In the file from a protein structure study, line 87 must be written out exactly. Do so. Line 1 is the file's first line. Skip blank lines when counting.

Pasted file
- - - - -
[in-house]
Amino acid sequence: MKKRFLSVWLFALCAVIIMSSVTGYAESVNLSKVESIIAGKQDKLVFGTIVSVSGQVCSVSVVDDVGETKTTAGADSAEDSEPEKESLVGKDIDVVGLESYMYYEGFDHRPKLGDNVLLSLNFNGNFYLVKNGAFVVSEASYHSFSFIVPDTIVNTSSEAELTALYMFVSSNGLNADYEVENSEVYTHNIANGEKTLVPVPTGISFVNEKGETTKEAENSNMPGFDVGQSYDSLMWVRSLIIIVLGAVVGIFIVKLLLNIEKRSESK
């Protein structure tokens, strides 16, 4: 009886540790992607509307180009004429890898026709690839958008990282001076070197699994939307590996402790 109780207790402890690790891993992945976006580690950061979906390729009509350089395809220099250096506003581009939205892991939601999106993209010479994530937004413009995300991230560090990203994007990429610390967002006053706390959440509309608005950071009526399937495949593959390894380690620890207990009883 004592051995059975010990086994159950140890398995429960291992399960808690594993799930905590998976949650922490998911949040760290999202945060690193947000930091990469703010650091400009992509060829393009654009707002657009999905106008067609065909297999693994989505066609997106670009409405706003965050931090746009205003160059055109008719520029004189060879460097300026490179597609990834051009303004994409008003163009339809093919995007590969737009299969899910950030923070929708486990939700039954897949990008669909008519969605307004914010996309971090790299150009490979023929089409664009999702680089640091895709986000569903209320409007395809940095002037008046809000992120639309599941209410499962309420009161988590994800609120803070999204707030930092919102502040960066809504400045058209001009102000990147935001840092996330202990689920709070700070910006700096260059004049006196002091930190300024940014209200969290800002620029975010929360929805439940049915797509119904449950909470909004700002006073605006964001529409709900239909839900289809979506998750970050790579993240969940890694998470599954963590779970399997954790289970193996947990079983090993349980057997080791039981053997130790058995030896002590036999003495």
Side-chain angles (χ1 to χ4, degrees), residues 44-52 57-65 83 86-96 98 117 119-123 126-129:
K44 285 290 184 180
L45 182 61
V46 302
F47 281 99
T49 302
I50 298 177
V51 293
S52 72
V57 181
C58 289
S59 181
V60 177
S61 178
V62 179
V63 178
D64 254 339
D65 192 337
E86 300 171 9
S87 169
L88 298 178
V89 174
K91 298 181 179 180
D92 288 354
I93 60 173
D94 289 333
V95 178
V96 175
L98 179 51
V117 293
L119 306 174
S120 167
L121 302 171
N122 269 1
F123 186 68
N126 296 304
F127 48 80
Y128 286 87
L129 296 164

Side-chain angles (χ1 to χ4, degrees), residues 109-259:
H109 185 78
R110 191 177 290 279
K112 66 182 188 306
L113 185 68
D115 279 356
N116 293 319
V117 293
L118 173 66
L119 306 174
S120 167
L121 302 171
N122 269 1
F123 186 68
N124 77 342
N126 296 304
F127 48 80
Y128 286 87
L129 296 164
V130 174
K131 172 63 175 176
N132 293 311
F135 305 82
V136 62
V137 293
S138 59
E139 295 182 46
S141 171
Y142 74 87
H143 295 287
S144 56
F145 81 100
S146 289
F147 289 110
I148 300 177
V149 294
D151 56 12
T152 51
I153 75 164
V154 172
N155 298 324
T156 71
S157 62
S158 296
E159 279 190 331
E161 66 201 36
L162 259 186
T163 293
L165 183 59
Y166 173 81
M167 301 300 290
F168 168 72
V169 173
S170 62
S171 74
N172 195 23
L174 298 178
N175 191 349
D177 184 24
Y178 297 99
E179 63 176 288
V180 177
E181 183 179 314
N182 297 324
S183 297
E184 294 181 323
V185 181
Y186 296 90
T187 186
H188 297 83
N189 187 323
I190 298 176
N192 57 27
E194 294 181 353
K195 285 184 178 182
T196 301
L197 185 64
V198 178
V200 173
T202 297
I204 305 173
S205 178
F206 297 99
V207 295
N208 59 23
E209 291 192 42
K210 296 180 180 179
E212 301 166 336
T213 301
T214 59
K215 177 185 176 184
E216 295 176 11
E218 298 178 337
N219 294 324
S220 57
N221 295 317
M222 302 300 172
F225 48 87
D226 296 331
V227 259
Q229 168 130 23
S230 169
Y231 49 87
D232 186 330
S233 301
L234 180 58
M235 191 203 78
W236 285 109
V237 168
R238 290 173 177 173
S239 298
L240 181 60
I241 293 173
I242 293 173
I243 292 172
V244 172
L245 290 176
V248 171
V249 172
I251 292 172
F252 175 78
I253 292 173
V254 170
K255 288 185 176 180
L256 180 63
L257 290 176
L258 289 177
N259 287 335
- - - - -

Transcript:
E159 279 190 331